VIRGINIA BEACH, Va. -- Police still have not determined why a Virginia Beach city worker opened fire on his co-workers, killing 12 people in a mass shooting on May 31, investigators said Tuesday.
After submitting his resignation letter that morning, civil engineer DeWayne Craddock spent the hours before the massacre sending "generic" work-related emails and going on routine project site visits with co-workers, Deputy Police Chief Patrick Gallagher told the City Council. Craddock sent his last email just five minutes before he began shooting.
Craddock, 40, worked in the city's public utilities department. He used two semi-automatic handguns, a silencer and extended ammunition magazines to kill 11 of his co-workers and a contractor who had stopped at the complex to get a permit. Craddock was killed in a fierce gunbattle with police.
"Each and every day we have asked the question, 'Why?'" Gallagher said. "We are still looking to determine motive and we will continue to try to identify why our suspect did what he did."
There were no documented instances of Craddock being threatening in the workplace prior to the massacre, Gallagher said.
One of the victims was Kate Nixon. Her husband, Jason, said the investigation update provided Tuesday by police did not provide any new information and glossed over complaints he said his wife had made about Craddock's job performance and attitude at work.
"There's a lot more questions to be answered. I'm not satisfied with what I've heard," Nixon said.
Authorities in June released a short, partially redacted resignation letter in which Craddock said he was leaving for "personal reasons." He did not give any indication that he was unhappy at work or held a grudge against any of his co-workers.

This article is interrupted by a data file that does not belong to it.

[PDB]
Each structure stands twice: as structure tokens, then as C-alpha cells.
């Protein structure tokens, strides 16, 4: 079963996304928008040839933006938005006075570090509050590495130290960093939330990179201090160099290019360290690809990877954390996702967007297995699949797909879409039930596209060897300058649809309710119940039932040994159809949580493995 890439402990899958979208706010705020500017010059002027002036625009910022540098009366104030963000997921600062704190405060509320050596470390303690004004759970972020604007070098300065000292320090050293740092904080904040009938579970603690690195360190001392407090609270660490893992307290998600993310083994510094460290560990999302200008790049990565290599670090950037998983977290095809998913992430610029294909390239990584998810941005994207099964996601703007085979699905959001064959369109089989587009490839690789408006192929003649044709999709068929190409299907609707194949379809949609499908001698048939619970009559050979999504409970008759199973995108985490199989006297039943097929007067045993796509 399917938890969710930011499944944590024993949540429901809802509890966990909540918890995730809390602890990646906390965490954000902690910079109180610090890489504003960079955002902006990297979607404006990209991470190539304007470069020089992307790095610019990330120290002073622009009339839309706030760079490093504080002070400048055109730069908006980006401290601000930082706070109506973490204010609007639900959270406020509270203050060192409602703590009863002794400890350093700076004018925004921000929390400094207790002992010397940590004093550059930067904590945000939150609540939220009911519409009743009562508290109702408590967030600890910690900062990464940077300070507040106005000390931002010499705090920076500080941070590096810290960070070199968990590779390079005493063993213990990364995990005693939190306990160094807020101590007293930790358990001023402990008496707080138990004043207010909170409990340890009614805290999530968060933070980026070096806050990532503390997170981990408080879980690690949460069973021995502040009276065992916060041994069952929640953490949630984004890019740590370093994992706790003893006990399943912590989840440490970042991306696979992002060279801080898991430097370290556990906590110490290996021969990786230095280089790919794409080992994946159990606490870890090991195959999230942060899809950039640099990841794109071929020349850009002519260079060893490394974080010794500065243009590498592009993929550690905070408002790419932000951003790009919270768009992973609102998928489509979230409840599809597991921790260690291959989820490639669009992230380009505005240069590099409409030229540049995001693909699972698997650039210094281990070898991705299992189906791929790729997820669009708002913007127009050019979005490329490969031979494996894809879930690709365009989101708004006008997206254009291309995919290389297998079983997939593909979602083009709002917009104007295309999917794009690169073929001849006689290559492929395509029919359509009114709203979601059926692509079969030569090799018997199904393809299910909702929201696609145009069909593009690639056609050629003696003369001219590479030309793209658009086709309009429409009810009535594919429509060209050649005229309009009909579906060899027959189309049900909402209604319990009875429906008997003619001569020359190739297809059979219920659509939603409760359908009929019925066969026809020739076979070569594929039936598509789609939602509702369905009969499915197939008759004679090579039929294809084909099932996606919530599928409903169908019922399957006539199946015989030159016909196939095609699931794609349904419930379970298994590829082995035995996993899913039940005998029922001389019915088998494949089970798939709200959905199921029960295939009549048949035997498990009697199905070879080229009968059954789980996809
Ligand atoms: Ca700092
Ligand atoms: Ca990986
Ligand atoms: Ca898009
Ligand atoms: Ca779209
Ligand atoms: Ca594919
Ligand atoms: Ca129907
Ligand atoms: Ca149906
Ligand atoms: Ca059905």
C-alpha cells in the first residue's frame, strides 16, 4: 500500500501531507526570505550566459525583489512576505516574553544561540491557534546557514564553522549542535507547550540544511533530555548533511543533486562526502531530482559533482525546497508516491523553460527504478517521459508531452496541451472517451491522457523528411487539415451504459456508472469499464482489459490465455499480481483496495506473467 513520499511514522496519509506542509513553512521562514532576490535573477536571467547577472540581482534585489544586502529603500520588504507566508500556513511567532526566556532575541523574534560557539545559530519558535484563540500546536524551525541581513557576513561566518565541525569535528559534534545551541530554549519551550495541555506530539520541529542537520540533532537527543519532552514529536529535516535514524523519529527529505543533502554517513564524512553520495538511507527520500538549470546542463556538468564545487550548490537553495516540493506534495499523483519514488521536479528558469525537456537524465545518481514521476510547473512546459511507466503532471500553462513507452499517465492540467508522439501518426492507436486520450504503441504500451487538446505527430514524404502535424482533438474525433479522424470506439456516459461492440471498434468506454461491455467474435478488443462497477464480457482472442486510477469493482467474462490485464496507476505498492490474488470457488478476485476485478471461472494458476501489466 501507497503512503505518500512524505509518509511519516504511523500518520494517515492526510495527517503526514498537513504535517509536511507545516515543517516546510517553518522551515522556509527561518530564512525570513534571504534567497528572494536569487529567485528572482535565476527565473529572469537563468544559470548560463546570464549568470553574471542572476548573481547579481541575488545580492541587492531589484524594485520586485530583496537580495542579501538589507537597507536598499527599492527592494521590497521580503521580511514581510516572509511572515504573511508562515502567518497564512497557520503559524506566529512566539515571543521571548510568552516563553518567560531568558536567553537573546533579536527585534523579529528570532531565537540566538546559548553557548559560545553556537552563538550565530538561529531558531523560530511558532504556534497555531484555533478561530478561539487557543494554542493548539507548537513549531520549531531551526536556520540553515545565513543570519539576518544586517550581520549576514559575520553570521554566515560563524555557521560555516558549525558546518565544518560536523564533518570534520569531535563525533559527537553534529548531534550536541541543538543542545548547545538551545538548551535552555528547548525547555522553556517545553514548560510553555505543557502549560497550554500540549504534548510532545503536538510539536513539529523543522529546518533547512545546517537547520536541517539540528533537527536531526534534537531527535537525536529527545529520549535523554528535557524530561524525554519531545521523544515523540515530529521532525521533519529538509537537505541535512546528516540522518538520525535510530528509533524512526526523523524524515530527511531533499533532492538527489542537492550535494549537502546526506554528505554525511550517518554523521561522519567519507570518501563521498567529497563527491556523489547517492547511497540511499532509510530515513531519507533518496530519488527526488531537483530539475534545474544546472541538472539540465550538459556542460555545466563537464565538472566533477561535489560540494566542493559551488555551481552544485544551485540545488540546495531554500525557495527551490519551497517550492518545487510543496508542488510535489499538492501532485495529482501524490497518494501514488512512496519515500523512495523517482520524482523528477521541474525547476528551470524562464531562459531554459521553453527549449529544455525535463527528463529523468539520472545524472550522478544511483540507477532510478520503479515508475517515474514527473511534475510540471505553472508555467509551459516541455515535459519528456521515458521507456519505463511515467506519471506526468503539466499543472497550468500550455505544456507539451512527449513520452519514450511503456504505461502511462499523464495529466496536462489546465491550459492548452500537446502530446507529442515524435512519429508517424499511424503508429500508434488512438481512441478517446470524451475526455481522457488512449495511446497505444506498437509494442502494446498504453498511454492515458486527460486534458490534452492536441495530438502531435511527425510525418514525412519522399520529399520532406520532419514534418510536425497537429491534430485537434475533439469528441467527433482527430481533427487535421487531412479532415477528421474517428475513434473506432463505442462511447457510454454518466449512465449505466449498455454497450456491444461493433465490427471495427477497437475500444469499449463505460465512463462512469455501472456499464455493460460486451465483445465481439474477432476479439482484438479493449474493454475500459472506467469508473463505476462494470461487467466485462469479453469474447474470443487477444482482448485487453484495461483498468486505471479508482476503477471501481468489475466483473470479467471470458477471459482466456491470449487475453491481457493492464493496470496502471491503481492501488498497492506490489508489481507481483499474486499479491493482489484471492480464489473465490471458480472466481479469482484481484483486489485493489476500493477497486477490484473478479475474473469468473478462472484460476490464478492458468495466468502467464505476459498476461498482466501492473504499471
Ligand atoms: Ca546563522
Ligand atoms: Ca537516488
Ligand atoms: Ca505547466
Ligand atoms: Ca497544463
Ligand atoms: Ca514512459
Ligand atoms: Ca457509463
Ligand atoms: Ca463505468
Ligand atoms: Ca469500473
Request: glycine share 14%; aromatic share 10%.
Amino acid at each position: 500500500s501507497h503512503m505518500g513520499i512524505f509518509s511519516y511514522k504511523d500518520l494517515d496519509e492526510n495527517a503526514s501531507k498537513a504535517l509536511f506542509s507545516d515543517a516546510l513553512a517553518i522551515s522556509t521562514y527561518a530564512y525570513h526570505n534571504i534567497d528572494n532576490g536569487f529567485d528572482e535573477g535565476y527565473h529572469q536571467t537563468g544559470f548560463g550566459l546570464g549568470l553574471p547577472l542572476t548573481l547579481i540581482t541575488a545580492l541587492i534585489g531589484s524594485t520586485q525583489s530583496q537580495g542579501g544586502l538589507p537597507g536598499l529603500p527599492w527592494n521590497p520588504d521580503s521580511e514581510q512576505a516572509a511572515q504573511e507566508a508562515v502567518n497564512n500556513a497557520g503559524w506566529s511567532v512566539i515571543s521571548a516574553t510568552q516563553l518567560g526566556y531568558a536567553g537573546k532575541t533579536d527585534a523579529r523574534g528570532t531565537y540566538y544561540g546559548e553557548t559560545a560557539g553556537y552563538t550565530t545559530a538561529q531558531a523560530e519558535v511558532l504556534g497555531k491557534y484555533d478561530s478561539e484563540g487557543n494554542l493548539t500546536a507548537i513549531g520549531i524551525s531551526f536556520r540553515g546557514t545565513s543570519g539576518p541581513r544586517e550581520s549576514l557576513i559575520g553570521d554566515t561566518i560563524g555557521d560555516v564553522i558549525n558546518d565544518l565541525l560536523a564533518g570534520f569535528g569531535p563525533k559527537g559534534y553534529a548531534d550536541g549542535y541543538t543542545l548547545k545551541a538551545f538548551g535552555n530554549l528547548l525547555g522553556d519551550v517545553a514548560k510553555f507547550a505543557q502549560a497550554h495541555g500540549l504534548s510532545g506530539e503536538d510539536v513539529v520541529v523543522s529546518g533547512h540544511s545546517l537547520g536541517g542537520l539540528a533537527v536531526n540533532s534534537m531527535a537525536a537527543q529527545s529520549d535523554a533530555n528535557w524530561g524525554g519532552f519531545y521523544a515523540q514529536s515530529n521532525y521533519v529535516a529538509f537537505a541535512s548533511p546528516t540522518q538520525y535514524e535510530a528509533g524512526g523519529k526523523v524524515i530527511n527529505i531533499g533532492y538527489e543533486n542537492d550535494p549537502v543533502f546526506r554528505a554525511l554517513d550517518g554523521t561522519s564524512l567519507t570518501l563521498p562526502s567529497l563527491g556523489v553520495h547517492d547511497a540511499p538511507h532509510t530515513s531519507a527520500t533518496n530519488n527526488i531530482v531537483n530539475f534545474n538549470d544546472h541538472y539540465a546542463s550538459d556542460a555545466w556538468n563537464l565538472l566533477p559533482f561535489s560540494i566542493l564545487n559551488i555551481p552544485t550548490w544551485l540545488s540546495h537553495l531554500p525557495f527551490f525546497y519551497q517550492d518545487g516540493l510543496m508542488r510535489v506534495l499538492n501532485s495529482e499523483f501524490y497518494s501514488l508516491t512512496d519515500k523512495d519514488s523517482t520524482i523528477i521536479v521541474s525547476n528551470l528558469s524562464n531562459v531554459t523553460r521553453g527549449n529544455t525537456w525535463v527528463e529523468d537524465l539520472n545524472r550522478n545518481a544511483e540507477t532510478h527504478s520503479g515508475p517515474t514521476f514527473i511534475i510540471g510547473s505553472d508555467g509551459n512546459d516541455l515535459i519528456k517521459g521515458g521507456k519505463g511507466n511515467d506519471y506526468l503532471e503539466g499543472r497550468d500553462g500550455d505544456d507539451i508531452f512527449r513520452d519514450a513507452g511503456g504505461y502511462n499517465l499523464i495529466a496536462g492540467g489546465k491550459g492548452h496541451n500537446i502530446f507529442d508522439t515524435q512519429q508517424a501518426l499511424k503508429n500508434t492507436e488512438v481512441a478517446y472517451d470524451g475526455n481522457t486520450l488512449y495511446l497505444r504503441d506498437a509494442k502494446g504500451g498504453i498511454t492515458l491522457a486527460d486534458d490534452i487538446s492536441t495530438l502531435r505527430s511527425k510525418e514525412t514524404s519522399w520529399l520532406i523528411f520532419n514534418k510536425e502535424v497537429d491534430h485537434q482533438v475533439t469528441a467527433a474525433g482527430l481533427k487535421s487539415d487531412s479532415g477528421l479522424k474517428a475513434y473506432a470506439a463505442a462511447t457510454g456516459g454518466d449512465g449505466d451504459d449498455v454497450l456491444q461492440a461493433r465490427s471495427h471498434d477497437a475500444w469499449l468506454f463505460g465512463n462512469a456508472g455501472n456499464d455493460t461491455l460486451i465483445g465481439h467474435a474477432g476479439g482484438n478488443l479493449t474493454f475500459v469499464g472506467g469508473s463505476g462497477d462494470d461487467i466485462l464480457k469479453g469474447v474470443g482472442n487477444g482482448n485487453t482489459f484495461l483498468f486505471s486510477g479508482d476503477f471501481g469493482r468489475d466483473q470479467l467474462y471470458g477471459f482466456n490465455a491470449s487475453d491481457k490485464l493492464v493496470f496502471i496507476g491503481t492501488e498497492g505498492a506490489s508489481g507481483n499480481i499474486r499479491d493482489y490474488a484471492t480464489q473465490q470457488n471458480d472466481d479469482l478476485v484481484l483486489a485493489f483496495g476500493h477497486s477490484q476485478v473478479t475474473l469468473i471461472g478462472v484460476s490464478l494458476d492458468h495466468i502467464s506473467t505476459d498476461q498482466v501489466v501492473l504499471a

Police and city officials had been criticized for being tight-lipped about Craddock's employment history. Kevin Martingayle, an attorney for Jason Nixon, said Kate Nixon had written up Craddock in the past and thought he had a "poor attitude."
Gallagher said Craddock received satisfactory annual work evaluations from 2010 to 2016, but was placed on and completed a "performance improvement plan" in 2017. In 2018, Craddock received an "improvement required" evaluation and a written reprimand from his immediate supervisor.
He said Craddock had friendly relationships with some co-workers and was described as "quiet, polite, nice guy and a good listener" by many of those who police interviewed.
Nixon, however, said his wife told him repeatedly that Craddock's work was poor and frequently had to be redone by other engineers.
"He was not a quiet professional. He was an arrogant jerk," he said.
Debbie Langer Borato, the sister of shooting victim Michelle "Missy" Langer, said her sister's death has caused "unspeakable pain." She said the police update on their investigation did not answer any of her questions.
"I'm very angry," she said. "They can't find anything wrong with him, but they said he was reprimanded."
Days after the shooting, Virginia Gov. Ralph Northam announced a special legislative session would be held in July to consider universal background checks, a red flag law and other gun safety proposals. The Republican-controlled legislature quickly adjourned the session and referred the legislative proposals to the state crime commission for study.
A security firm hired by the city is continuing to conduct an independent investigation into the shooting.
Gallagher said he expects it will take another six to nine months before the police investigation is completed.
Police Chief James Cervera said police recently began allowing families of the shooting victims inside the building where the shooting took place.
Nixon said he visited his wife's office Tuesday.
"It was tough," he said. "I wrote a message on the wall. I told her we will always love her, and I told her we'd raise the girls the way we talked about. I put their names on it, too," he said, referring to the couple's three young daughters.
"I wrote, 'Kate, I love you. We'll never forget you. I'll make sure we get the truth and the facts out. "